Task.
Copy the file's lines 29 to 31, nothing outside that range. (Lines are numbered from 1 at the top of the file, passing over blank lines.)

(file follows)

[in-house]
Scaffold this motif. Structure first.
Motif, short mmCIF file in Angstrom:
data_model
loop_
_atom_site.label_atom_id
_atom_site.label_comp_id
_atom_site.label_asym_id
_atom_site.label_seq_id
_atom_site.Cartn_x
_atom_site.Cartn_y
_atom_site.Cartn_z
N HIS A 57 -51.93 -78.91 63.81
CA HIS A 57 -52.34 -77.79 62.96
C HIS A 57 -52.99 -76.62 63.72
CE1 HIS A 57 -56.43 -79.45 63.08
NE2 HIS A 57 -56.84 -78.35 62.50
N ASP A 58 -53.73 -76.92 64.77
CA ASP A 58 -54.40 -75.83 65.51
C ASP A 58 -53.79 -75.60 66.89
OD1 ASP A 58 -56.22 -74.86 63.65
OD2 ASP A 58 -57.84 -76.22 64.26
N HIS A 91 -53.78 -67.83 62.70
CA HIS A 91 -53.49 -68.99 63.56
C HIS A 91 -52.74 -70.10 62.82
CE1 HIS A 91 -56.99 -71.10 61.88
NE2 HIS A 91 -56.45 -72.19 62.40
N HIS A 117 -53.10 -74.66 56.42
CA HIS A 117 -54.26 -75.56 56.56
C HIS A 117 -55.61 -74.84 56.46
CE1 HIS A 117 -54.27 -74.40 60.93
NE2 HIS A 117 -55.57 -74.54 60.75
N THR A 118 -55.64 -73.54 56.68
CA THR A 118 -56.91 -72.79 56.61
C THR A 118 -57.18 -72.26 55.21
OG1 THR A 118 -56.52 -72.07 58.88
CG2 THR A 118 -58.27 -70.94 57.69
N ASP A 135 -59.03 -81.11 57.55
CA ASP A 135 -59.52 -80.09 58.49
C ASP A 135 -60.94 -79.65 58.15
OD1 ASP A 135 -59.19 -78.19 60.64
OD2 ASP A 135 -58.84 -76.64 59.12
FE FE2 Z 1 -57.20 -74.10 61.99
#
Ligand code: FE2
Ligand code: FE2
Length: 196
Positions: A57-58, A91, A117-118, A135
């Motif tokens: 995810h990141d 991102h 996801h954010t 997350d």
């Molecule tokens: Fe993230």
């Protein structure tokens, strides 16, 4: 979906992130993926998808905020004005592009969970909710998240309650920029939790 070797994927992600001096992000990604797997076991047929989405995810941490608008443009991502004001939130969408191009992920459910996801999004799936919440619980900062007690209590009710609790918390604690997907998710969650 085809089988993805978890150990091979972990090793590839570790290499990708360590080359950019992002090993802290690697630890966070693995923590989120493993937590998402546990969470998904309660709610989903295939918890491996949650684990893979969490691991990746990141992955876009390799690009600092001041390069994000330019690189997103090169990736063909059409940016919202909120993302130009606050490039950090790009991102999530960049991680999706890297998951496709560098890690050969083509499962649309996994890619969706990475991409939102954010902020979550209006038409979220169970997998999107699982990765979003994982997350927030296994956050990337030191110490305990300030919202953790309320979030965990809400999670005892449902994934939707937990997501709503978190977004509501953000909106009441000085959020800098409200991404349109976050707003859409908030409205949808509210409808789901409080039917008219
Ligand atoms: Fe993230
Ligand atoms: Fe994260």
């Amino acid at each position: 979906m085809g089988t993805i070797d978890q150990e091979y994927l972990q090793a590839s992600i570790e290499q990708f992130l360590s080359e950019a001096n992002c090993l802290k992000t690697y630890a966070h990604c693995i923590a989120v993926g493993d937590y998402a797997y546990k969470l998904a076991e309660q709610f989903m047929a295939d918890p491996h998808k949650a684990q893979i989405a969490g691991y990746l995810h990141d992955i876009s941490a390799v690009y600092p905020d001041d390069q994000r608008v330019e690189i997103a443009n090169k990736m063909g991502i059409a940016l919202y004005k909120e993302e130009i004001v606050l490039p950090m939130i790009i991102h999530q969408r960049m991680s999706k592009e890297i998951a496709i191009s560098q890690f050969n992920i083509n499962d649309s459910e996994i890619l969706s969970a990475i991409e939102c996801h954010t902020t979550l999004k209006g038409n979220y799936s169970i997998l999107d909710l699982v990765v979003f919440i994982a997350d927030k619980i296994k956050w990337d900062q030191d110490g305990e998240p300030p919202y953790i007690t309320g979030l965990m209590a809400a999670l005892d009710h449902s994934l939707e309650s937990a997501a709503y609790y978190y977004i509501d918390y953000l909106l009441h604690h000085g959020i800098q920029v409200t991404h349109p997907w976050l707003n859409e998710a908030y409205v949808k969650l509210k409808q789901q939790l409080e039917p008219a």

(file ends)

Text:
CA HIS A 117 -54.26 -75.56 56.56
C HIS A 117 -55.61 -74.84 56.46
CE1 HIS A 117 -54.27 -74.40 60.93